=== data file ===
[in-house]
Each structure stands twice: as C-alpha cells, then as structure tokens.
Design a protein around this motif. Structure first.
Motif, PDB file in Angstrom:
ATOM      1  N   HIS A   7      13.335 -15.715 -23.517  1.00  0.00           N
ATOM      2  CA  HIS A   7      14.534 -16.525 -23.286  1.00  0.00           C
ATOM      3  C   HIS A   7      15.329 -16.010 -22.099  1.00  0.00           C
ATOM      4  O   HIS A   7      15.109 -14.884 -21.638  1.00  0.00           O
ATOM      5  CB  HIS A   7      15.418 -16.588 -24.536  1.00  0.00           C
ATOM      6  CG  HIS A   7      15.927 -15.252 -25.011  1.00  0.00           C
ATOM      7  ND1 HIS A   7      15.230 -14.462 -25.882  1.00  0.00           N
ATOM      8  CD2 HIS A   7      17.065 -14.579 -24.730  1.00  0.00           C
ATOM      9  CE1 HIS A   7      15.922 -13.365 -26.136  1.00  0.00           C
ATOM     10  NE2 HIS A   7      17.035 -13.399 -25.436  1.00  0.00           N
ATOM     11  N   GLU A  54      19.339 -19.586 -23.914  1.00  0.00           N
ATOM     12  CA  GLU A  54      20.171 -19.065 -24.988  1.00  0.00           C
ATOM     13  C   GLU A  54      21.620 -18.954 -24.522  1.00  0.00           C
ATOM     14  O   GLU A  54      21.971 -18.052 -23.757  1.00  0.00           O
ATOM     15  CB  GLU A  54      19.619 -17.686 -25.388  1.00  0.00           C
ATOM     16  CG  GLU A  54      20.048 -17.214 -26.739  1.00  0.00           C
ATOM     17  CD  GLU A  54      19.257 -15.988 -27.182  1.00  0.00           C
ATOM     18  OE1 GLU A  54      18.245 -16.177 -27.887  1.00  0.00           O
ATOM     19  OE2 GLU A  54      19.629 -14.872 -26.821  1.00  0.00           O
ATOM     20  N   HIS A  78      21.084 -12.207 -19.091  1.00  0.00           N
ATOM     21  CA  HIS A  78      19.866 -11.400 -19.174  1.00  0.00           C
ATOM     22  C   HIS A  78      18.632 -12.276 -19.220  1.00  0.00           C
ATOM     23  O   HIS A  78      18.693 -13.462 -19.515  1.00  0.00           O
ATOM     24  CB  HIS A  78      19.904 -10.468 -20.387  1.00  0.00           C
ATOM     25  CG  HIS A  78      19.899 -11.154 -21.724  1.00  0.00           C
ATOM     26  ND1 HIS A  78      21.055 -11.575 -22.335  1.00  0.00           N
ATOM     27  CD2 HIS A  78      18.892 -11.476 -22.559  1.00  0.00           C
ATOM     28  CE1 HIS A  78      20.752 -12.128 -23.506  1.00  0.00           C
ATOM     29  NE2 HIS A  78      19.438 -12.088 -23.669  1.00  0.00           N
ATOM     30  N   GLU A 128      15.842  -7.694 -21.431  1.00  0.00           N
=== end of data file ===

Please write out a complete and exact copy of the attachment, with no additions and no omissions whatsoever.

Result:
[in-house]
Each structure stands twice: as C-alpha cells, then as structure tokens.
Design a protein around this motif. Structure first.
Motif, PDB file in Angstrom:
ATOM      1  N   HIS A   7      13.335 -15.715 -23.517  1.00  0.00           N
ATOM      2  CA  HIS A   7      14.534 -16.525 -23.286  1.00  0.00           C
ATOM      3  C   HIS A   7      15.329 -16.010 -22.099  1.00  0.00           C
ATOM      4  O   HIS A   7      15.109 -14.884 -21.638  1.00  0.00           O
ATOM      5  CB  HIS A   7      15.418 -16.588 -24.536  1.00  0.00           C
ATOM      6  CG  HIS A   7      15.927 -15.252 -25.011  1.00  0.00           C
ATOM      7  ND1 HIS A   7      15.230 -14.462 -25.882  1.00  0.00           N
ATOM      8  CD2 HIS A   7      17.065 -14.579 -24.730  1.00  0.00           C
ATOM      9  CE1 HIS A   7      15.922 -13.365 -26.136  1.00  0.00           C
ATOM     10  NE2 HIS A   7      17.035 -13.399 -25.436  1.00  0.00           N
ATOM     11  N   GLU A  54      19.339 -19.586 -23.914  1.00  0.00           N
ATOM     12  CA  GLU A  54      20.171 -19.065 -24.988  1.00  0.00           C
ATOM     13  C   GLU A  54      21.620 -18.954 -24.522  1.00  0.00           C
ATOM     14  O   GLU A  54      21.971 -18.052 -23.757  1.00  0.00           O
ATOM     15  CB  GLU A  54      19.619 -17.686 -25.388  1.00  0.00           C
ATOM     16  CG  GLU A  54      20.048 -17.214 -26.739  1.00  0.00           C
ATOM     17  CD  GLU A  54      19.257 -15.988 -27.182  1.00  0.00           C
ATOM     18  OE1 GLU A  54      18.245 -16.177 -27.887  1.00  0.00           O
ATOM     19  OE2 GLU A  54      19.629 -14.872 -26.821  1.00  0.00           O
ATOM     20  N   HIS A  78      21.084 -12.207 -19.091  1.00  0.00           N
ATOM     21  CA  HIS A  78      19.866 -11.400 -19.174  1.00  0.00           C
ATOM     22  C   HIS A  78      18.632 -12.276 -19.220  1.00  0.00           C
ATOM     23  O   HIS A  78      18.693 -13.462 -19.515  1.00  0.00           O
ATOM     24  CB  HIS A  78      19.904 -10.468 -20.387  1.00  0.00           C
ATOM     25  CG  HIS A  78      19.899 -11.154 -21.724  1.00  0.00           C
ATOM     26  ND1 HIS A  78      21.055 -11.575 -22.335  1.00  0.00           N
ATOM     27  CD2 HIS A  78      18.892 -11.476 -22.559  1.00  0.00           C
ATOM     28  CE1 HIS A  78      20.752 -12.128 -23.506  1.00  0.00           C
ATOM     29  NE2 HIS A  78      19.438 -12.088 -23.669  1.00  0.00           N
ATOM     30  N   GLU A 128      15.842  -7.694 -21.431  1.00  0.00           N